Choosing the right ISO, which camera is best?

Theres been a large amount of debate about using the right ISO and how ISO works.

In a recent DPreview forum thread, the topic poster started with this somewhat evocative subject. Now for those who spend time on forums will know using capitals is seen as shouting, and is very rude and incenses a number of people. Theres even a section where I underlined a reply to highlight and emphasise the point I was making and that annoyed some individuals as well. I watched the entire comparison video that the original poster linked to with some interest. To me it seemed reasonably fair and as balanced as the reviewer was able to make it. This wasn’t a scientific review but rather a supposedly objective look at two cameras with an opinion as to which the reviewer thought was better in general, for his purposes. Click the link below and watch the video and then read through the forum posts. You can quickly see that it devolves  into a discussion regarding ISO and that there are particular proponents who feel they have a superior view of how ISO works and what ISO is.

By and large the thread becomes totally off topic but serves as an interesting read as to how people interpret what ISO is and what makes it work, with a large emphasis on the notion that you really need to have the technical knowledge to really understand how ISO works so you can use it. You can see some of my replies to this as you read through.


It may also be of interest to you to see how Nikon, one of the worlds foremost camera makers views the subject of ISO, and without a huge technical spiel puts it into terms that for the average photographer makes a good deal of sense. Follow this link Nikon & ISO. To me at least it is a sensible description that should be readily understood by anyone who has used a digital camera. According to our resident authorities on the above mentioned forums Nikon is essentially accused of lying and the propagation of mis-truths. Fuji are essentially accused of cheating and lying to curry favour with the Fuji users. The assumption being that ISO is a strict international standard that everyone except Fuji is adhering to.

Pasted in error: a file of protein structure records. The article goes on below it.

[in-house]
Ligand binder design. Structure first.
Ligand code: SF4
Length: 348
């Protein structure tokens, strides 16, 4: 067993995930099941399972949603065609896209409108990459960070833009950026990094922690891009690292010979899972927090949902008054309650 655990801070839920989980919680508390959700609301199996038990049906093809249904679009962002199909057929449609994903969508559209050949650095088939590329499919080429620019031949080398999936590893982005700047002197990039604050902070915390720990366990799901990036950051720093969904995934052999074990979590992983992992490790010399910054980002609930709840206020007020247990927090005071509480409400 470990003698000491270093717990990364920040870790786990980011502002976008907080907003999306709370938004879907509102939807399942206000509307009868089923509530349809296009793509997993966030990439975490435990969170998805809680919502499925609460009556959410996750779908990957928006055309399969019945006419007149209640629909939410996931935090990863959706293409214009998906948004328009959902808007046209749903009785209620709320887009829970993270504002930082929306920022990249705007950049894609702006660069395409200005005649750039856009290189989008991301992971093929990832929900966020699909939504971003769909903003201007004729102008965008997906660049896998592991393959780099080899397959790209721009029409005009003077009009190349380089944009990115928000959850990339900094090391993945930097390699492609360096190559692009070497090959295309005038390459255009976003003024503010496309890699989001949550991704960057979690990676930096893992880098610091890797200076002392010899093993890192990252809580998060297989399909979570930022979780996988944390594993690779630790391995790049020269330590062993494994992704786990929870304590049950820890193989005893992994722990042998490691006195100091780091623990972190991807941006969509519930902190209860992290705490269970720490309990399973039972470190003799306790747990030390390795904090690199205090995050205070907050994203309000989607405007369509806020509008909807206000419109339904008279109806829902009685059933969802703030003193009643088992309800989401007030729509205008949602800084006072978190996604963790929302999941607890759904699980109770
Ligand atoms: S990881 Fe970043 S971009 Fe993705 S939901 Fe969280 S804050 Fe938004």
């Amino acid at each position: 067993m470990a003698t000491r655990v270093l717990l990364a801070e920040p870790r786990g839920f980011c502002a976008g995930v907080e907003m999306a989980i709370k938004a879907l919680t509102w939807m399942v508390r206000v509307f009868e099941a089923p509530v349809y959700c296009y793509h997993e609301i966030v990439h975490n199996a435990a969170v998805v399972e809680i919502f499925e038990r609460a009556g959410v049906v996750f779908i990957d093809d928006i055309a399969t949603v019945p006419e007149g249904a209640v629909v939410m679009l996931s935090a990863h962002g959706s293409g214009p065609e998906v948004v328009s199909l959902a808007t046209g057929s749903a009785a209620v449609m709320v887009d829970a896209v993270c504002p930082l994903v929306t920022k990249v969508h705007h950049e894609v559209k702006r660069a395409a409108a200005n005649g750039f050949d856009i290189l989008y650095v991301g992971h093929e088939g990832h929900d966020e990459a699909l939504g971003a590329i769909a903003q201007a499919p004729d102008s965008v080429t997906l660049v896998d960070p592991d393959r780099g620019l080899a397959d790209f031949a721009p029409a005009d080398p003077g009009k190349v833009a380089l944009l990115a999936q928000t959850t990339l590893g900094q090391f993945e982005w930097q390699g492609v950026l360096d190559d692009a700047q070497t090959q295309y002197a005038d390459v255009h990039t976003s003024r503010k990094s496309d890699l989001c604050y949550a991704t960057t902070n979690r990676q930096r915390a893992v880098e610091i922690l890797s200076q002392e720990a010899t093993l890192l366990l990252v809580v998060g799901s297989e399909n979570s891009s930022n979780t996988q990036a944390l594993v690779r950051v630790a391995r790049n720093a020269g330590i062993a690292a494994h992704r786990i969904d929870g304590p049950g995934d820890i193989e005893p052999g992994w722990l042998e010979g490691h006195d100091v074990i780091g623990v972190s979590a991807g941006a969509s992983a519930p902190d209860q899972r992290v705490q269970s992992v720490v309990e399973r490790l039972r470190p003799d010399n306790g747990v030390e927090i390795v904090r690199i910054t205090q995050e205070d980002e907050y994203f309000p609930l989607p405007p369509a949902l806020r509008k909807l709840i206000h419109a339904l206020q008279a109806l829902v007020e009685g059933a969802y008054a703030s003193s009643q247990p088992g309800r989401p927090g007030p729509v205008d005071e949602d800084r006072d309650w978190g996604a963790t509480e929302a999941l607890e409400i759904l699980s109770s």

Tech-radar does a reasonable job of expanding upon the Nikon article and goes into a little more detail without becoming boring. What is ISO

Now as a lot of Fuji owners will attest to, Fuji cameras usually tend to underexpose a little bit and need to have the Ev adjusted accordingly. When comparing the Fuji to another makers product it seems as though the stated ISO value is off, Instead of both cameras for example using ISO 200 it appears that the Fuji  is using ISO 160 and therefore Fuji is cheating and lying about their settings. However the Fuji cameras still doubles the “sensitivity” as you  increase the setting to a higher ISO, and it may be that they are still a slight step out when compared to the opposition. This has everyone crying foul, but with a bit of detective work and Google its simple to see that there is in reality a number of methods that can be used for the calibration of a given sensors ISO performance. Here is an article describing the standards for testing ISO by manufacturers, Digital camera ISO speed and exposure index.

So is Fuji lying? I seriously doubt it.

Which camera is best? They all are, they all do exactly what they advertise and by and large do it well. The main difference come about from sensor size and design.

In the my next offering I’m going to outline my methods for using ISO in the real world, pertaining specifically to the XA2 and by extension other Fuji X cameras.

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